My family lost the family ranch, for financial reasons, so I am very well acquainted with how challenging ranching is. My family had been ranching since the 1700s, so this was profound. It was incredibly tragic for my dad. I understand ranching has created a lot of problems. I witnessed a lot of it, in terms of land stewardship. But you’re never going to get anywhere if you come to meetings summarily dismissing ranching and making statements that we need to get people off ranches on public lands to promote more wolves.

So we need to find a way to create common ground. That means working with ranching communities and hunting communities, and finding solutions that are realistic, in which people are heard and respected.

On Trophic Cascades

Humans want simple solutions, and whether universities, conservation organizations, our government, or the media, they like to package things into sound bites and stories that are neat and tidy.

Then you juxtapose that against the reality that nature is, as Darwin put it, a tangled bank, a deeply tangled bank, where nothing is simple.

As an ecologist, I’ve certainly found that to be the case. Yes, wolves changed the ecology on our land when they returned, but there are a lot of other factors, and it’s context-dependent, those relationships.

So there are a lot of situations where you return an apex predator like the wolf and they may not be ecologically effective.

Conservation organizations and the media made these strong statements that wolves are going to save the world. That really inspired scientists to take a much deeper look at these relationships, and when they did, they found a variety of things.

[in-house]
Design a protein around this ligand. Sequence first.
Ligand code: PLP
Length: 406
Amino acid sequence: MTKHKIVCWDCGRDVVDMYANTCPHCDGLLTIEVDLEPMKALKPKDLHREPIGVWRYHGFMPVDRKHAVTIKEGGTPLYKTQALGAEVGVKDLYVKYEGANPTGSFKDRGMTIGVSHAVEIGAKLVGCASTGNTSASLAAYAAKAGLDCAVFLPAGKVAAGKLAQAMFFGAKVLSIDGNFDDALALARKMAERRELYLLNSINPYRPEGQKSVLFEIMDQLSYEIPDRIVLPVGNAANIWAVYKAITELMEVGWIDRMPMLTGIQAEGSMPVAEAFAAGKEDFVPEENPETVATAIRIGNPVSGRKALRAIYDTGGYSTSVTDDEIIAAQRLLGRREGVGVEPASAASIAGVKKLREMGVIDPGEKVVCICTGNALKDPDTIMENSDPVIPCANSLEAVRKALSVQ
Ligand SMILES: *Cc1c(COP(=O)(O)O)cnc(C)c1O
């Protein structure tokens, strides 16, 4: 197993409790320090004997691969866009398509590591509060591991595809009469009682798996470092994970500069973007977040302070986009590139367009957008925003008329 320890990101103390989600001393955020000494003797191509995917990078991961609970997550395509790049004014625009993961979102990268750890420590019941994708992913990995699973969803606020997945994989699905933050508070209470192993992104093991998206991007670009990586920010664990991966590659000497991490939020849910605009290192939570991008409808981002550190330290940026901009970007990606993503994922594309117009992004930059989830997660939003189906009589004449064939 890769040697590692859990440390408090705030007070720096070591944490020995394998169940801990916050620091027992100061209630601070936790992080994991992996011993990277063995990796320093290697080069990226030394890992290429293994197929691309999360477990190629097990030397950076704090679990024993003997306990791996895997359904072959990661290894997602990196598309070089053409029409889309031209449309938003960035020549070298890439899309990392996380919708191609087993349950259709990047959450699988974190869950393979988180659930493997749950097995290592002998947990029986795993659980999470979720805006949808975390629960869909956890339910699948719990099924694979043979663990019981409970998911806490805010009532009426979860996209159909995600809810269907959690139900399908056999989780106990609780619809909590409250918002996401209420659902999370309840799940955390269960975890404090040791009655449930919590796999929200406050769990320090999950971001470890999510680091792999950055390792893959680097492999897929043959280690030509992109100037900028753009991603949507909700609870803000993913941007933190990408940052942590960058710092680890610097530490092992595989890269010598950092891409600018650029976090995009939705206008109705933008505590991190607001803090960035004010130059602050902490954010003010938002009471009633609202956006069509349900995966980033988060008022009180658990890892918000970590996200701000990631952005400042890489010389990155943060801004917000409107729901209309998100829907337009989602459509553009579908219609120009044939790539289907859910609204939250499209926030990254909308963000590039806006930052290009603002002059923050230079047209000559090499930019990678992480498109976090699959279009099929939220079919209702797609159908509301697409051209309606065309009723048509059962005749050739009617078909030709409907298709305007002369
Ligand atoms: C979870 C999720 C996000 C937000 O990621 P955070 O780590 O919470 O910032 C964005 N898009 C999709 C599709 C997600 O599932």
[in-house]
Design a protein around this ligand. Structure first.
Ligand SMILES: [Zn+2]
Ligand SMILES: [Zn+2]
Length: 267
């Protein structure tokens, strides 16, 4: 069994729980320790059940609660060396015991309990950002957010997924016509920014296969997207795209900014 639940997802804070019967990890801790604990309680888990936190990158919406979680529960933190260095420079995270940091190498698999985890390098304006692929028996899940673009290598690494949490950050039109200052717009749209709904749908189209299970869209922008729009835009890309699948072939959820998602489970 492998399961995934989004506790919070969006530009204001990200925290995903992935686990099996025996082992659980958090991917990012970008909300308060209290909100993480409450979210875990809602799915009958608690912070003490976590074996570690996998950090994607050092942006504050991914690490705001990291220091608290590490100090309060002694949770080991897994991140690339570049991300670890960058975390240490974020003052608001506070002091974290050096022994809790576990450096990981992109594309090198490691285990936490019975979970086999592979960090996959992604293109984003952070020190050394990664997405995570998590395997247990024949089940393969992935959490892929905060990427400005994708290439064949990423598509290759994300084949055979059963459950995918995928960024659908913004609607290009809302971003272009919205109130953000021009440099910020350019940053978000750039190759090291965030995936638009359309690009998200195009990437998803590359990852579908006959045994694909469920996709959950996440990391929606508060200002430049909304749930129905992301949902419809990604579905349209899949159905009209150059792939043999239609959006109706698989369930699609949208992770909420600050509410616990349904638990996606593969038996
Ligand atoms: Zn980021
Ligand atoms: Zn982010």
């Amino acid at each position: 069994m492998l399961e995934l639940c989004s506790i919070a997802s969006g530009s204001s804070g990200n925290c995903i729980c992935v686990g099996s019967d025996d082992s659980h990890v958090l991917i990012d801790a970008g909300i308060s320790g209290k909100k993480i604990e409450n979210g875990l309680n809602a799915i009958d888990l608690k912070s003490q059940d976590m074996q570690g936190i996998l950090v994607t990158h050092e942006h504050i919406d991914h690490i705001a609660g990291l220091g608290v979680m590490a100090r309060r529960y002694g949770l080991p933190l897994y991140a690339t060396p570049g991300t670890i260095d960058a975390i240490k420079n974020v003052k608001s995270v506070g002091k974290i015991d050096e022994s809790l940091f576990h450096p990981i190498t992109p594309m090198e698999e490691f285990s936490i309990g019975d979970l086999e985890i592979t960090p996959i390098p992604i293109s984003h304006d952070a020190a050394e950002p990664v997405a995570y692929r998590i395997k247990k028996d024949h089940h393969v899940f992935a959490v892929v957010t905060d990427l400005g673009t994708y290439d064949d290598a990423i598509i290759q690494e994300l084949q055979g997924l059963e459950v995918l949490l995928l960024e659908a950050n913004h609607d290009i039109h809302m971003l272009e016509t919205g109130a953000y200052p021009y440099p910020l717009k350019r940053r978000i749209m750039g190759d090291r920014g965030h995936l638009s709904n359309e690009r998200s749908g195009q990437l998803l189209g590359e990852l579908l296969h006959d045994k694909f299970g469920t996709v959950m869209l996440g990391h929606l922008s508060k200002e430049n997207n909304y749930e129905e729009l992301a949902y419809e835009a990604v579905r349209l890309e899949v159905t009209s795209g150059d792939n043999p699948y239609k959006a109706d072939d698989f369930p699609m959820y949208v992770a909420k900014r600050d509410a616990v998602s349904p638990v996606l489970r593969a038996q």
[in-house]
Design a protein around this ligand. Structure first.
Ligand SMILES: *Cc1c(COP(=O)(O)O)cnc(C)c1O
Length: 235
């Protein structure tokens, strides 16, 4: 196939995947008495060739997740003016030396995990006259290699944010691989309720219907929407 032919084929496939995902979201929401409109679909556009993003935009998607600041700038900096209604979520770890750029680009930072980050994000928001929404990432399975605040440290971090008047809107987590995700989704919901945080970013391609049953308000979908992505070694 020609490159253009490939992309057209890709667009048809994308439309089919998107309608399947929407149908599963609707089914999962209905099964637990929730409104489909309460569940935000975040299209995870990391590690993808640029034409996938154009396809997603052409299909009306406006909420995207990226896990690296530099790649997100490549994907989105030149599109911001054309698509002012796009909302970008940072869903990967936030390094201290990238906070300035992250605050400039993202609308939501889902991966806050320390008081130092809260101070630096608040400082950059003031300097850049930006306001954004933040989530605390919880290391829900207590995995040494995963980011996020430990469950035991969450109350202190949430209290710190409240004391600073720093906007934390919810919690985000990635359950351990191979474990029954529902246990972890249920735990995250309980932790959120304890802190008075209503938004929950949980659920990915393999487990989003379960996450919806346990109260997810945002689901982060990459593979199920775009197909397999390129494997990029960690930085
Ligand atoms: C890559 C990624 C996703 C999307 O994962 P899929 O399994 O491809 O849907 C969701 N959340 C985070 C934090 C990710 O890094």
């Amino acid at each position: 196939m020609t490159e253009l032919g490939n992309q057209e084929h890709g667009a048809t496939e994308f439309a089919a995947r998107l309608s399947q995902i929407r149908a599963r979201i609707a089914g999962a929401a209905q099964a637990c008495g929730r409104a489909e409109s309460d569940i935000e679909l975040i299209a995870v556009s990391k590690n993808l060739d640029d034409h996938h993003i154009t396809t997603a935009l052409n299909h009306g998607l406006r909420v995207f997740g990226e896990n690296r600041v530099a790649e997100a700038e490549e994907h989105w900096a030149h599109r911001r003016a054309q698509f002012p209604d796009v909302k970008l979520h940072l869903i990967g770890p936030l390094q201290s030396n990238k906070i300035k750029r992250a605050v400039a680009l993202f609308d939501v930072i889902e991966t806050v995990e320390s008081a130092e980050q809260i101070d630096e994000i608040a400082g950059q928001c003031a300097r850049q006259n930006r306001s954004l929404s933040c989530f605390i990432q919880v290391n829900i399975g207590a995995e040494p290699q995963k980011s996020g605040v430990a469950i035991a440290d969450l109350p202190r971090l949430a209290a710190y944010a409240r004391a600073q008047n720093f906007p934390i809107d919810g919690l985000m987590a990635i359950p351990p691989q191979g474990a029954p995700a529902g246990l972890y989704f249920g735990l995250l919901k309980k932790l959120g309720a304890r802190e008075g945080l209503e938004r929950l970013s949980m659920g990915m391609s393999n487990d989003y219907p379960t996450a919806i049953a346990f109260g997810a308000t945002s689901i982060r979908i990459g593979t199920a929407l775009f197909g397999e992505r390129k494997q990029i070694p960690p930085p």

The early science, I believe, was very solid. and the more recent science that is being done with far more sophisticated methods that did not exist 20 years, is equally solid.

All of that science shows that wolves are in this tangled bank and they’re but one of many forces that shape the natural world.

It doesn’t make any sense to be reducing predators to their lowest possible level above extinction if we’re facing climate change and we know that these carnivores, with their presence, can greatly enrich biodiversity and the cycling of energy through an ecosystem.

That’s a pretty stupid thing to do.

We can argue about the science forever. In the meantime, it’s like fiddling while Rome burns.

I’m not against wolf hunting, I’m not against managing wolves. I think that wolves need to be managed.

Any carnivore needs to be managed, but to just blindly take their numbers to the lowest possible level above extinction, we are probably going to regret that a lot.

The Continued Importance of Wilderness in the Anthropocene

What’s happening with climate change is so enormous, and it is going to affect every human being on this planet. We’re looking at conservative scientific estimates of an extinction of 50 percent of the species we have right now by 2100.